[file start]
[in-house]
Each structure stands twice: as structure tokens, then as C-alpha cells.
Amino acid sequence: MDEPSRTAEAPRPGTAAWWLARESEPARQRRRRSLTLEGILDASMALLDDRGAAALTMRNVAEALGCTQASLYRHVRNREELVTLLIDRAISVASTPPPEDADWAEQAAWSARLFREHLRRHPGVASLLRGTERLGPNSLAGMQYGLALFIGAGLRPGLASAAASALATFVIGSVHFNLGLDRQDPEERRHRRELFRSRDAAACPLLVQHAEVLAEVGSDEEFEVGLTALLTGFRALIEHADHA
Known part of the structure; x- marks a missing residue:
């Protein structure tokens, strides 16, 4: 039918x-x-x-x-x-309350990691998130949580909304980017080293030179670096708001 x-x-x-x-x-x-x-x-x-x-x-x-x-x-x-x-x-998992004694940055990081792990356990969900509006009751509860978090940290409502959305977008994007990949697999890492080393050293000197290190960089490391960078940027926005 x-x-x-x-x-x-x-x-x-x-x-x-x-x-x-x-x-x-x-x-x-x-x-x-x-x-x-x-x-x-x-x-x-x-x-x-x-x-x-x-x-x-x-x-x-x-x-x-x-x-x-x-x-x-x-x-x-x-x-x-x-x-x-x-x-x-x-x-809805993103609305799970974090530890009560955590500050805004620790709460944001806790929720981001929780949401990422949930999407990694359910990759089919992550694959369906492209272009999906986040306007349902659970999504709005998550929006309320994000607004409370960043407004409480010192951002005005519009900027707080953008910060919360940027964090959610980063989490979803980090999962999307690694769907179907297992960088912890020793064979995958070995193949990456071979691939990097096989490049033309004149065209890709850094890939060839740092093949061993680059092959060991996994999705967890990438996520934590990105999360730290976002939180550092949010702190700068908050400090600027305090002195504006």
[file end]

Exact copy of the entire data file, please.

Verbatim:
[in-house]
Each structure stands twice: as structure tokens, then as C-alpha cells.
Amino acid sequence: MDEPSRTAEAPRPGTAAWWLARESEPARQRRRRSLTLEGILDASMALLDDRGAAALTMRNVAEALGCTQASLYRHVRNREELVTLLIDRAISVASTPPPEDADWAEQAAWSARLFREHLRRHPGVASLLRGTERLGPNSLAGMQYGLALFIGAGLRPGLASAAASALATFVIGSVHFNLGLDRQDPEERRHRRELFRSRDAAACPLLVQHAEVLAEVGSDEEFEVGLTALLTGFRALIEHADHA
Known part of the structure; x- marks a missing residue:
């Protein structure tokens, strides 16, 4: 039918x-x-x-x-x-309350990691998130949580909304980017080293030179670096708001 x-x-x-x-x-x-x-x-x-x-x-x-x-x-x-x-x-998992004694940055990081792990356990969900509006009751509860978090940290409502959305977008994007990949697999890492080393050293000197290190960089490391960078940027926005 x-x-x-x-x-x-x-x-x-x-x-x-x-x-x-x-x-x-x-x-x-x-x-x-x-x-x-x-x-x-x-x-x-x-x-x-x-x-x-x-x-x-x-x-x-x-x-x-x-x-x-x-x-x-x-x-x-x-x-x-x-x-x-x-x-x-x-x-809805993103609305799970974090530890009560955590500050805004620790709460944001806790929720981001929780949401990422949930999407990694359910990759089919992550694959369906492209272009999906986040306007349902659970999504709005998550929006309320994000607004409370960043407004409480010192951002005005519009900027707080953008910060919360940027964090959610980063989490979803980090999962999307690694769907179907297992960088912890020793064979995958070995193949990456071979691939990097096989490049033309004149065209890709850094890939060839740092093949061993680059092959060991996994999705967890990438996520934590990105999360730290976002939180550092949010702190700068908050400090600027305090002195504006």